“Saw” had a lot of potential to be a really cool movie. A madman traps people in devious ways and forces them to do unspeakable things in an attempt for survival. It’s a great formula because it allows a writer to push his characters to horrifying extremes. In the hands of a good screenwriter, “Saw” could’ve been a deeply disturbing film. Unfortunately, it was not written by a good screenwriter.
“Saw” centers around the struggle of two men imprisoned by the aforementioned madman. Cary Elwes plays Dr. Lawrence Gordon, who is trapped with a petulant little bastard named Adam (Leigh Whannell, who also wrote the movie). Gordon is told he must kill Adam before 6 p.m. or his wife and daughter will be executed. As the two men try to devise a way out of their situation, periodic flash backs give viewers exposition about the madman and his previous slayings. Danny Glover shows up as a hard-bitten cop on the killer’s trail. Then 6 p.m. comes and the film ends.
This movie’s most crippling fault is its dialogue. In many ways it’s cute. Whannell tried hard to be edgy and clever, but in the end it comes off sounding like hack work. Characters say things like “Sometimes I wish you would just tell me you hate me. At least there would be some passion in it,” and “I don’t care if you cover yourself with peanut butter and have a ten-hooker gangbang.”
The dialogue doesn’t really hold together. The edgy parts are too clichéd and the clever parts are too forced and neither element seems to grow organically out of the story. Adam makes cynical observations about the human condition and cracks wordy thesaurus jokes (jokes where the intended humor is solely in word choice). In the end, the script sounds like film students trying to be smart.
The script is a calculated imitation of successful movies but has no life of its own. Case in point: the killer is named the jigsaw killer because he cuts puzzle piece-shaped chunks out of his victims’ flesh. It’s an interesting thing for a killer to do but writers don’t bother to explain why he does it, incorporate it into the plot or use it in any interesting ways. It doesn’t relate to anything else in the movie. Much of the movie is like that.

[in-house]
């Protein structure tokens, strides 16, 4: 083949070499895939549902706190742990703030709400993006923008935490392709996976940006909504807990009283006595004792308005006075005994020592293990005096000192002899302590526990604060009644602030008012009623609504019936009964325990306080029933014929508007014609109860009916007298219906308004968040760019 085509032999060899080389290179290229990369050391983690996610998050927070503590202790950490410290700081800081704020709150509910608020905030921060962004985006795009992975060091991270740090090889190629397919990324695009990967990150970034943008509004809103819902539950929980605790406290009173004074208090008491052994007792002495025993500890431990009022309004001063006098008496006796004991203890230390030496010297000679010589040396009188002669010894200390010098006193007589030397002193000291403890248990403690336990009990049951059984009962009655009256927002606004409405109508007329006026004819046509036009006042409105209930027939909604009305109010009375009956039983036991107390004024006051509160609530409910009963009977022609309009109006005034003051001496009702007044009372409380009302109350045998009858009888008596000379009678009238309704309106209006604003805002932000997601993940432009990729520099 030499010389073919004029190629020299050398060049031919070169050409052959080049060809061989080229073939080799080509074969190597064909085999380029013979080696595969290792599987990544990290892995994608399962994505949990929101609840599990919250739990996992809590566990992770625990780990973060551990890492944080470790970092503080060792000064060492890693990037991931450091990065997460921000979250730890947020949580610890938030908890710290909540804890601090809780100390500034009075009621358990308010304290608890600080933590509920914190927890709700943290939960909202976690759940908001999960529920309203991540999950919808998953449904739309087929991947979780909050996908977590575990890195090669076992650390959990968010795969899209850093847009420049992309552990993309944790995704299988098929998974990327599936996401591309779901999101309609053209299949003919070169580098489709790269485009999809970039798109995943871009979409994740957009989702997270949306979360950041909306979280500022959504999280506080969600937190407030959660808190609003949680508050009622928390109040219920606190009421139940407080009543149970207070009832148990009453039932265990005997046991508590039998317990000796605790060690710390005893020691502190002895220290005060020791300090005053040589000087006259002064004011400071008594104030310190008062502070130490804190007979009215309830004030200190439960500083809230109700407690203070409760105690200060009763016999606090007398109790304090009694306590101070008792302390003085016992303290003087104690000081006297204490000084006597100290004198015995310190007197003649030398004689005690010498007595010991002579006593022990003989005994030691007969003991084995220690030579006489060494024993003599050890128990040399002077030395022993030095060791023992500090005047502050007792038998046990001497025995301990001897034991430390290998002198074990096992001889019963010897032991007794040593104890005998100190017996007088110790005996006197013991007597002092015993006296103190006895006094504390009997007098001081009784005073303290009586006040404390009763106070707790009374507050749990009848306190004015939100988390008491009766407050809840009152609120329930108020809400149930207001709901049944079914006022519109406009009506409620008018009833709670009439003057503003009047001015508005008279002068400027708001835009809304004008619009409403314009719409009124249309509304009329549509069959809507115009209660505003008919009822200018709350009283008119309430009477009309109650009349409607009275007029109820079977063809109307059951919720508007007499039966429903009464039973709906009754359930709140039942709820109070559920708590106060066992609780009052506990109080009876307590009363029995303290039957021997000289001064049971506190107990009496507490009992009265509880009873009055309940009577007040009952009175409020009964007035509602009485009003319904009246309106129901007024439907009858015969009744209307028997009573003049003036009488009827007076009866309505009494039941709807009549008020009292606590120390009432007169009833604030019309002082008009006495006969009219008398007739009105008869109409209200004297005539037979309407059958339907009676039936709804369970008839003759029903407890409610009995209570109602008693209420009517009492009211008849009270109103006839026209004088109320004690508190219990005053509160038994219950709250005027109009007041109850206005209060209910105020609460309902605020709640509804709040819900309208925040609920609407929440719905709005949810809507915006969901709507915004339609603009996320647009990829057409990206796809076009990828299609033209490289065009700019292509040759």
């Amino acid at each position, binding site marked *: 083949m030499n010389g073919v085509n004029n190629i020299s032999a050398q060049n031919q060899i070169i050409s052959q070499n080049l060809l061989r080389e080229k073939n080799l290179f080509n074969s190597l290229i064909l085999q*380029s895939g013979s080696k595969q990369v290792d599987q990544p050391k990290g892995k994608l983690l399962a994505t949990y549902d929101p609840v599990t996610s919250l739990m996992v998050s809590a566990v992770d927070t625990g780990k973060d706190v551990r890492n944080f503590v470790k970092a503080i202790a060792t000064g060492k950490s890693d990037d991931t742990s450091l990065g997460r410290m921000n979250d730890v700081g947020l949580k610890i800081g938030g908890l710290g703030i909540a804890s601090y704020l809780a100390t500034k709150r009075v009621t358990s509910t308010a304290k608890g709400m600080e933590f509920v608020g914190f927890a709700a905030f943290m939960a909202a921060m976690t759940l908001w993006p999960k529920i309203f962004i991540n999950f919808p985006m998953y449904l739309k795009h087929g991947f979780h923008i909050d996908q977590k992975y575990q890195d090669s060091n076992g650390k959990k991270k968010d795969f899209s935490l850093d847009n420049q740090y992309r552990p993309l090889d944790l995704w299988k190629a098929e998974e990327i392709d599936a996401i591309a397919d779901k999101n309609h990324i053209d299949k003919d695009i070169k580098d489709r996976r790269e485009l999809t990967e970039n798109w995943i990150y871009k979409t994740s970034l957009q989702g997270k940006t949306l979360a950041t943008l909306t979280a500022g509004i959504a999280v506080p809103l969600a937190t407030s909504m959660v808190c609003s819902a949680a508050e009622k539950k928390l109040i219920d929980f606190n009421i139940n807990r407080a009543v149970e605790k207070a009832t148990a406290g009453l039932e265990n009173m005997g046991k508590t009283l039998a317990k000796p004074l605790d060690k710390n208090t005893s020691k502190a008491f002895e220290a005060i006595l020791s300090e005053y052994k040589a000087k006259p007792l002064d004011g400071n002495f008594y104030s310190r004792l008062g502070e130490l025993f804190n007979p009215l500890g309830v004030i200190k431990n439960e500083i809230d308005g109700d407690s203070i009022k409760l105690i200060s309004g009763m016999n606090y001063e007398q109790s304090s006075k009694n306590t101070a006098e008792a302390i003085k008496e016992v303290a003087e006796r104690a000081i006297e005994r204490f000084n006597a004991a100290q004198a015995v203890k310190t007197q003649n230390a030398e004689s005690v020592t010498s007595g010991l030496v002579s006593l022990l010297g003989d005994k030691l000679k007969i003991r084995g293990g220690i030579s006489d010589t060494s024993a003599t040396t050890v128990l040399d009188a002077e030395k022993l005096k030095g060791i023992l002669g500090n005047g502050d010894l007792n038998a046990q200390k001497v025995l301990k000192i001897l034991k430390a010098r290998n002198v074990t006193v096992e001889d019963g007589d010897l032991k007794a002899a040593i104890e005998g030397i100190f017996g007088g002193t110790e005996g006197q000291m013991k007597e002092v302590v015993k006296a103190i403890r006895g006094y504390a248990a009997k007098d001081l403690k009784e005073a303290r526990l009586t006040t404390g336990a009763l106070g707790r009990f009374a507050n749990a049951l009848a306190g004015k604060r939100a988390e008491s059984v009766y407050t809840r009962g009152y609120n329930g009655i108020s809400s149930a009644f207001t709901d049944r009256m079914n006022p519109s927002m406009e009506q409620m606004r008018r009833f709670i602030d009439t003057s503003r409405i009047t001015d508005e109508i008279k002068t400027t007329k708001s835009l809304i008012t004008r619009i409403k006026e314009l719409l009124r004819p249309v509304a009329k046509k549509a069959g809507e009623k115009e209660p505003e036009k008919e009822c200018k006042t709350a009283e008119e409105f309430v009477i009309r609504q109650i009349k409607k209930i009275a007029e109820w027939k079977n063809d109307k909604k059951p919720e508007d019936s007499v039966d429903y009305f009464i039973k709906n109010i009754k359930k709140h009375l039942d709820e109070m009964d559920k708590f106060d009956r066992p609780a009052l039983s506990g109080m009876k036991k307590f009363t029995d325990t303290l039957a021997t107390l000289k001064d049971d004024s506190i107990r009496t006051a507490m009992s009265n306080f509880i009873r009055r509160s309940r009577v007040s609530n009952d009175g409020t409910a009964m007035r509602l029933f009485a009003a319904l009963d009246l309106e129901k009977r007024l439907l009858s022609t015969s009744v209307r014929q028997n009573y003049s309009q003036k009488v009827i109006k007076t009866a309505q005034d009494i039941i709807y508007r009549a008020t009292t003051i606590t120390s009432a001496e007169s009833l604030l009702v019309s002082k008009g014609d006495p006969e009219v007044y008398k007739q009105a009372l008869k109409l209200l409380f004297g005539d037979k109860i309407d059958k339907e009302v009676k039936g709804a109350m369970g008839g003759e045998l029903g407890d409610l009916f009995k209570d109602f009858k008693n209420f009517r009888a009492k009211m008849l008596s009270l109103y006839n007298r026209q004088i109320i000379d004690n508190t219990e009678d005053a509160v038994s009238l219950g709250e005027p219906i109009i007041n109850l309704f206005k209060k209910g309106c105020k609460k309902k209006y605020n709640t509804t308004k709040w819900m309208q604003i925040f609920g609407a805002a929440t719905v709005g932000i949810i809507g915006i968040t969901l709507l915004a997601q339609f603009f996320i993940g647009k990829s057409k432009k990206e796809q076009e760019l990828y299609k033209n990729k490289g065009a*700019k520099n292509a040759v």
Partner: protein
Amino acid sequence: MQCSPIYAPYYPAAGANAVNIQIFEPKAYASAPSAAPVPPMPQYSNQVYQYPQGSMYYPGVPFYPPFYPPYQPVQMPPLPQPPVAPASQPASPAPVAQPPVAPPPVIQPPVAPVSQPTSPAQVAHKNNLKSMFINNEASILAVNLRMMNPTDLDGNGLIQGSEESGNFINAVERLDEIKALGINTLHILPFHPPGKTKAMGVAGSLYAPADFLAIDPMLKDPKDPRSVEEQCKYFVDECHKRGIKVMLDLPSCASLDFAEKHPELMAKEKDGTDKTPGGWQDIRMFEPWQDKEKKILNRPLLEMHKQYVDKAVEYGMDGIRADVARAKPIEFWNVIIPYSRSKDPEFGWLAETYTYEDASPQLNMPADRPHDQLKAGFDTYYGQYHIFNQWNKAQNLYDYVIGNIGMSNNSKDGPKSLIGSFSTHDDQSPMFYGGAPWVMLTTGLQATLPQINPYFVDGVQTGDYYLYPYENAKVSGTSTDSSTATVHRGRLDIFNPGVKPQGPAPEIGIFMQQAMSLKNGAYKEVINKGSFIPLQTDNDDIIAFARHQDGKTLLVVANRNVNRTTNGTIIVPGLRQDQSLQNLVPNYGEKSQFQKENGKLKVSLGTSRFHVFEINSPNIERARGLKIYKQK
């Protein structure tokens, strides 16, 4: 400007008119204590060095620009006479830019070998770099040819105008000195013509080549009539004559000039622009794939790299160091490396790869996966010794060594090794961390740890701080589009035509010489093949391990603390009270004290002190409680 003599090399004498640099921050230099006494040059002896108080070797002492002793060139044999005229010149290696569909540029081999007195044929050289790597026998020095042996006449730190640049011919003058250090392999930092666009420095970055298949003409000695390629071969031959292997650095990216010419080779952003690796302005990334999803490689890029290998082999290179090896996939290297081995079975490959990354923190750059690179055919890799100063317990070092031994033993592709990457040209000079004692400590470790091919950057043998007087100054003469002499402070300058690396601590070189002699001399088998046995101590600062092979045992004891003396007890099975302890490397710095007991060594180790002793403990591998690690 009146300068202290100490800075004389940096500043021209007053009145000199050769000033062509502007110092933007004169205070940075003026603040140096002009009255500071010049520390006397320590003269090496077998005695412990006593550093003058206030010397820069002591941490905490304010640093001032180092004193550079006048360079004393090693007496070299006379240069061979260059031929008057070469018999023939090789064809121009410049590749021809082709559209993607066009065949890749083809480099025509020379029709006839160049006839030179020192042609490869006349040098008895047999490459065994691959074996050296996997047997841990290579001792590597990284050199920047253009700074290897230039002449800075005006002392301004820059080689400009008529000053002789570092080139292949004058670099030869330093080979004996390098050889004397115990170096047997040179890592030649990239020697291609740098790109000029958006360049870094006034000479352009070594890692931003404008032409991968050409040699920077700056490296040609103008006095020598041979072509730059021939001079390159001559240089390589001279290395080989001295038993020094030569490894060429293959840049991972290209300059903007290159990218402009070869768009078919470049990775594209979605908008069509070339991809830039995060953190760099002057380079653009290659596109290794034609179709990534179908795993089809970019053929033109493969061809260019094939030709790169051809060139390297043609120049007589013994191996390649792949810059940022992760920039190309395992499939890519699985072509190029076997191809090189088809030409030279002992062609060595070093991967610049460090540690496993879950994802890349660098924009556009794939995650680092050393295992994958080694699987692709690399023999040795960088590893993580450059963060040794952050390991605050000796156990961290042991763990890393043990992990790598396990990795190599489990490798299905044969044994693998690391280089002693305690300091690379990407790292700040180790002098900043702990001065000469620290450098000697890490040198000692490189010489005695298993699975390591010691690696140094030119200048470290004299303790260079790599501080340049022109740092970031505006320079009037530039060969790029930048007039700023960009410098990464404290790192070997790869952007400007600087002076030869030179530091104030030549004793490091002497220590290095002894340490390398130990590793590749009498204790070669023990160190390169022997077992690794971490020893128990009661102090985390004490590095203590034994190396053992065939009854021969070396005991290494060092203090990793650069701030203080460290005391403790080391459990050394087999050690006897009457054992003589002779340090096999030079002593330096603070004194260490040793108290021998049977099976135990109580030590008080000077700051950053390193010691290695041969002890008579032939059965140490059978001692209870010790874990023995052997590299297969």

Another problem with the film is Cary Elwes, an actor I have always liked. He can usually be counted on for a good performance and was downright brilliant as the sneering villain in “Ella Enchanted.” He is not a great dramatic actor, however, and “Saw” proves to be too much for him. The role calls for too wide a range of emotions and too much intensity. Elwes has this funny little whimper he keeps making throughout the movie, often accompanied by a meek whipped puppy facial expression.
Between the contrived dialogue and a truly goofy performance by Elwes, the movie winds up being unintentionally hilarious.
By the end of “Saw,” it had actually won me over. After I got over my disappointment that it wasn’t going to be the taut psychological thriller I wanted to be, I began to enjoy the cheesiness. Whannell devises some nifty traps for the jigsaw killer to put his victims in and there are some inspired technical tricks involving 360-degree photography. Whannell, the movie’s writer, even manages to wring a few interesting twists out of his plot in its final moments, although, if the general quality of the writing had been better, they probably wouldn’t have been as interesting.
Watching “Saw” was much like the experience one has when watching children put on a play. In spite of whatever flaws the production may have, it’s a charming effort and one must admire the filmmakers’ obvious enthusiasm. Although “Saw” misses its mark, its zany combination of vision and incompetence make it an enjoyable viewing experience good for a couple laughs. It’s not scary, but it’s rarely boring.